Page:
Charles Cros and Émile Goudeau were quintessential Bohemian poets of the 1880s. Cros also experimented with the phonograph and color photography; Goudeau founded the Hydropathes, who met to declaim poetry while not drinking water. Cros and Goudeau’s only collaboration was a series of five exuberant stories published in 1880, which satirized such hot topics as divorce and capital punishment with bawdy humor and wild flights of fancy. All five stories are included here, plus four solo stories by Cros that complete the series, translated and annotated by Doug Skinner.

“Amiable smuttiness.” —Émile Zola

TURDS IN PROGRESS

I have been working my arse off (pardon the expression) designing an expanded edition of Merde à La Belle Époque, translated by the venerable Doug Skinner, and featuring scatological works by Alphonse Allais, George Auriol, Léon Bloy, Georges Courteline, Charles Cros, J. Eschbach, Edmond Haraucourt, Vincent Hyspa, Alfred Jarry, Jules Jouy, Maurice Mac-Nab, Armand Masson, Arthur Rimbaud, Rodolphe Salis, Erik Satie, Henry Somm, & Émile Zola.

Black Scat’s original edition was published in 2014 as volume 24 in the Absurdist Texts & Documents series — a little 48-paged (spineless) chapbook, limited to only 310 copies.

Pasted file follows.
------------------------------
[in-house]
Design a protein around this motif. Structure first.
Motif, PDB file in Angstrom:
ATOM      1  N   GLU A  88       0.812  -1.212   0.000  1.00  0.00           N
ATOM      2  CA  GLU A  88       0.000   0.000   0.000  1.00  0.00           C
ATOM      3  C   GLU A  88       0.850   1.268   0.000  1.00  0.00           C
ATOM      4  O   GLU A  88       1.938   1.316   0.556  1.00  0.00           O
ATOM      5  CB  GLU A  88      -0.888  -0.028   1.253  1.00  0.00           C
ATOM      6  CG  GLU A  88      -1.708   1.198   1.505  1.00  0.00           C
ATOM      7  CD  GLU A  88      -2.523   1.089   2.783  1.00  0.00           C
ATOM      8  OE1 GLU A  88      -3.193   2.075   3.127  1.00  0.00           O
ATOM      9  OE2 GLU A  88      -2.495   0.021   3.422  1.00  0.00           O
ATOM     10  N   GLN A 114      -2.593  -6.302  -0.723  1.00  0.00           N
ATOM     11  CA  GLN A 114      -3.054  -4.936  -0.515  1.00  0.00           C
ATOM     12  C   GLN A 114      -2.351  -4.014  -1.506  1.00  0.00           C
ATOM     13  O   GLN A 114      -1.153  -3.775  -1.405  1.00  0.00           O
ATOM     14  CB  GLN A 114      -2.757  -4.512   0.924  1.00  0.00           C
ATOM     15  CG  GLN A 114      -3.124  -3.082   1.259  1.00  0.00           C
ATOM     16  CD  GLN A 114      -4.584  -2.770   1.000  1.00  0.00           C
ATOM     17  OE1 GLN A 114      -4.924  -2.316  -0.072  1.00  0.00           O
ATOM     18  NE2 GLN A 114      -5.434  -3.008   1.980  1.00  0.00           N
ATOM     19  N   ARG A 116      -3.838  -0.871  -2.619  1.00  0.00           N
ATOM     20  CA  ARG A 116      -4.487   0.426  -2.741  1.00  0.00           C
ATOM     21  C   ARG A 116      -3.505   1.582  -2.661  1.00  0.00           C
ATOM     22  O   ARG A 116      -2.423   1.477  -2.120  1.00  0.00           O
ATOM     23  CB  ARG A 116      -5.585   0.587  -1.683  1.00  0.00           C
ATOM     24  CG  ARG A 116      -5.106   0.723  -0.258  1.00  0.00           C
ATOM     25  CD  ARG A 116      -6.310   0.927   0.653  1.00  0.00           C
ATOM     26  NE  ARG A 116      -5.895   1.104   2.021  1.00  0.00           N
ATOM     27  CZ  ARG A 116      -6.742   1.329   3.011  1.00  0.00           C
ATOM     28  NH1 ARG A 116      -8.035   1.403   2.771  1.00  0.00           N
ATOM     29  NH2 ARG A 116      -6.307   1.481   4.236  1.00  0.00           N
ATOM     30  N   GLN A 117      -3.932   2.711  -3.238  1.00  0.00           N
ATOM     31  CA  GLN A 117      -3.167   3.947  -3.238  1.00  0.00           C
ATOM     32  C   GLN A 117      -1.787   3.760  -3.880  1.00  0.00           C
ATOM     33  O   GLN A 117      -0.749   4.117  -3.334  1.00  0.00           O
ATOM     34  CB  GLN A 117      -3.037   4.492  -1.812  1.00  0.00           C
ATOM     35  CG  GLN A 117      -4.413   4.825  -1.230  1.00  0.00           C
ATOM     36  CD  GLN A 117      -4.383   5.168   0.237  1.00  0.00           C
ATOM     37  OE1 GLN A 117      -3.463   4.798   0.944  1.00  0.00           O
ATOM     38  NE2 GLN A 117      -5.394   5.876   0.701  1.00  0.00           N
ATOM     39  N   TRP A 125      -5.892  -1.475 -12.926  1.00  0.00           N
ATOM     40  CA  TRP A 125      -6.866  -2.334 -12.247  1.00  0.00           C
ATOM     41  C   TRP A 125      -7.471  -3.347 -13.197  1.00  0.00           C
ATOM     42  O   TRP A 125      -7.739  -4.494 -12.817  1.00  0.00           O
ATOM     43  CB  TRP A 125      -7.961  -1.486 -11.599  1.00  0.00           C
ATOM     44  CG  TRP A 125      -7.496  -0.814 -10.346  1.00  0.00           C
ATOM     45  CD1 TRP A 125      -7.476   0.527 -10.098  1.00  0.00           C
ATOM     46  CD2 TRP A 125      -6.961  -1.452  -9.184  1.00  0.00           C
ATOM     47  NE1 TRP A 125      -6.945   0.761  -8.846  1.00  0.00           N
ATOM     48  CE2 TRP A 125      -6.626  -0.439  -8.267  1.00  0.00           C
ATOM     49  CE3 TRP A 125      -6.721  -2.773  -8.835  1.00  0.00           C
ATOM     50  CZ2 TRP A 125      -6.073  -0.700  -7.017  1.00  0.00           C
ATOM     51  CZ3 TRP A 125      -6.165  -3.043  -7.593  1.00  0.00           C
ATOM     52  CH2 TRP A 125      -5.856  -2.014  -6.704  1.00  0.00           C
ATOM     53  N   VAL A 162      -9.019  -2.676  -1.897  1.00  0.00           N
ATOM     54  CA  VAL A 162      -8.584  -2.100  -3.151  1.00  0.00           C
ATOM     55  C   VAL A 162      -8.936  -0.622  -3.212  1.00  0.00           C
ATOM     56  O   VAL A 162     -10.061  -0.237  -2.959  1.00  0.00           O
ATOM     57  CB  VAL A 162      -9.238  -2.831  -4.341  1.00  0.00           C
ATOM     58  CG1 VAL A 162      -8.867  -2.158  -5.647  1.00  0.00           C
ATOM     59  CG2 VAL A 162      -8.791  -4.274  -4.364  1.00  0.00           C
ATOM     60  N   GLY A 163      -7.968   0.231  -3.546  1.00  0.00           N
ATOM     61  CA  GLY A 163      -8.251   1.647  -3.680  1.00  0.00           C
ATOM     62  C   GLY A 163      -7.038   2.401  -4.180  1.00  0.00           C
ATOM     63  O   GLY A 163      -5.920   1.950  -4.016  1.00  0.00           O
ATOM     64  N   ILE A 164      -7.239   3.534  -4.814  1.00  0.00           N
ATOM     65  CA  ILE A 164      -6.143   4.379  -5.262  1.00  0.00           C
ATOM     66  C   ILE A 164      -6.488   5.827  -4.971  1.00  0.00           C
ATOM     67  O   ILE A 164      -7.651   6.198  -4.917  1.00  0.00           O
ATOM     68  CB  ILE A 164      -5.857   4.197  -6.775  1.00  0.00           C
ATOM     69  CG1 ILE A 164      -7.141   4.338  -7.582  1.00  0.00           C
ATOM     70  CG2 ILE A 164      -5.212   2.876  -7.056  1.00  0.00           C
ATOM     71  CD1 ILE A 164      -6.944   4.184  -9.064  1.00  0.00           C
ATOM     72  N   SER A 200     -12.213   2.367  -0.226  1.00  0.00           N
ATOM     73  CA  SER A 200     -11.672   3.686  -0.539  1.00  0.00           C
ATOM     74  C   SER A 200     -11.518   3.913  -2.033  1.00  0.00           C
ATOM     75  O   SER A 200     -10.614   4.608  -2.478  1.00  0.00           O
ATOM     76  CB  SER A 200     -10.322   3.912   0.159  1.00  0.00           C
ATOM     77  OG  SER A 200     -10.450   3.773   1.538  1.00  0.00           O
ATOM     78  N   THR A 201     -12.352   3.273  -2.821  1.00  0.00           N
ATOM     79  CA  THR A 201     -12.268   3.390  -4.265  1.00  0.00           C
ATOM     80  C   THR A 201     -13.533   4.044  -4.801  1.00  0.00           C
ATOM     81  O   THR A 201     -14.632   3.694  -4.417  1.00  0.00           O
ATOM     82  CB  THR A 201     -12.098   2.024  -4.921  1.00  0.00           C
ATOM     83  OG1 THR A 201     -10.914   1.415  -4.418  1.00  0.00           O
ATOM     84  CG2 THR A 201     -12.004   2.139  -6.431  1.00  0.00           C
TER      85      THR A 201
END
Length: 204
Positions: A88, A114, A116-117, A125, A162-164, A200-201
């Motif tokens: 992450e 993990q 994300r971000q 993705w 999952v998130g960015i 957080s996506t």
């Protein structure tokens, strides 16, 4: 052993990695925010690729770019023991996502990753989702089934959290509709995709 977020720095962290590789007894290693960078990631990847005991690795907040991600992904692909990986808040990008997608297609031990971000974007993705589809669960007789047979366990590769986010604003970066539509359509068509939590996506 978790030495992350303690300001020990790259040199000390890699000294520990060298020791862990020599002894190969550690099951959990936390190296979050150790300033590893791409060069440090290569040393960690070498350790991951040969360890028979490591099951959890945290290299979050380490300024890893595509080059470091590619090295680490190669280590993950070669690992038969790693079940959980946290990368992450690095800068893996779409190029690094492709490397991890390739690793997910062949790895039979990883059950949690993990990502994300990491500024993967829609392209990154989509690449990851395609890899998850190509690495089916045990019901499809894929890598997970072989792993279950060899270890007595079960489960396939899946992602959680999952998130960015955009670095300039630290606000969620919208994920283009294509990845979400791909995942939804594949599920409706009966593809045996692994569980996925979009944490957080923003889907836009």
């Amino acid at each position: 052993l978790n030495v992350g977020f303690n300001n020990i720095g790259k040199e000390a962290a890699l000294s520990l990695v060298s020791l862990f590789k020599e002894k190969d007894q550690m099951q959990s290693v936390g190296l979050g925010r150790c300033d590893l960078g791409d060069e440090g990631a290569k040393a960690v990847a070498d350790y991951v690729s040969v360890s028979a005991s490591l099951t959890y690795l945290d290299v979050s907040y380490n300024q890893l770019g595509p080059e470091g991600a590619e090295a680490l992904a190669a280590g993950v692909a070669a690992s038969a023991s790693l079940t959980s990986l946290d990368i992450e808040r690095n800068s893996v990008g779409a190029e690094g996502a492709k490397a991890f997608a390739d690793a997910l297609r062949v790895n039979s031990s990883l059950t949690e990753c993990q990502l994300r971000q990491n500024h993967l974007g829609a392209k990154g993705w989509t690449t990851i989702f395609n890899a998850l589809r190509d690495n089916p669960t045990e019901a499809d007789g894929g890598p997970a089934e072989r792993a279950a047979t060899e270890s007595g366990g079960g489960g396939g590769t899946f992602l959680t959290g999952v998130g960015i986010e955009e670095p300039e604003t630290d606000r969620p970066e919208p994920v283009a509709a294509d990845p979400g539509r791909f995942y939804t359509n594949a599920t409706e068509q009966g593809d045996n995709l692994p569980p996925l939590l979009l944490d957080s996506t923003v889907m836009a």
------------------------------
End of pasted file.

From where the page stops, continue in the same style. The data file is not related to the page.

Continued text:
At the time, we hailed it as our “#2 Bestseller,” assuming it would remain the last turd on the subject. But nonot by a long shot! Indeed, more gems lay hidden below the surface, just waiting to be fished out of the tank by the skilled hands of Monsieur Skinner.

One of many of our new edition’s highlights is Le Journal des Merdeux (The Little Shits’ Journal)—text by Jules Jouy & cartoons by J. Eschbach. This sublime, single-sided broadside surfaced in 1882 and was immediately banned by the French censors. Alas, one can only imagine what precious merde might have been excreted had subsequent issues appeared. 😢

This very rare Merdeux has never been translated, so it is fitting Black Scat should be the one to uncork it. (Here, take a sniff.) The translation itself involves arduous work—especially when bringing French puns to life with equivalent wordplay in English. One example from the Journal: there’s a joke about pilgrims going to Lourdes, because it’s good luck to step in “la grotte” (a pun for “la crotte”). Skinner made it good luck to step in dogma, keeping both the scatological superstition and the anti-clericalism. A rather brilliant twist.  

Meanwhile, capturing the essence—if not the aroma—of the broadside’s design was a Herculean task. It required many days & nights of painstaking efforts in the WC, matching typography, kerning, cursing (“merde!”), and cleaning up all 28 illustrations which, as you can see from the reproduction below, were stained & degraded by the ravages of time. 

One of J. Eschbach’s drawings seemed ideal for the cover of the forthcoming edition. 

In the book, the single-sheet Little Shits’ Journal runs 9-pages with two columns each. Of course we’d have to hire an extraterrestrial sorcerer to fit the broadside’s 6-columns onto a page only 5.06 inches wide.

The bottom line: working on MERDE was a dirty job, but we were born to doo it.

We hope you’ll consider adding the expanded edition to your collection as soon as it, uh, comes out.

Norman Conquest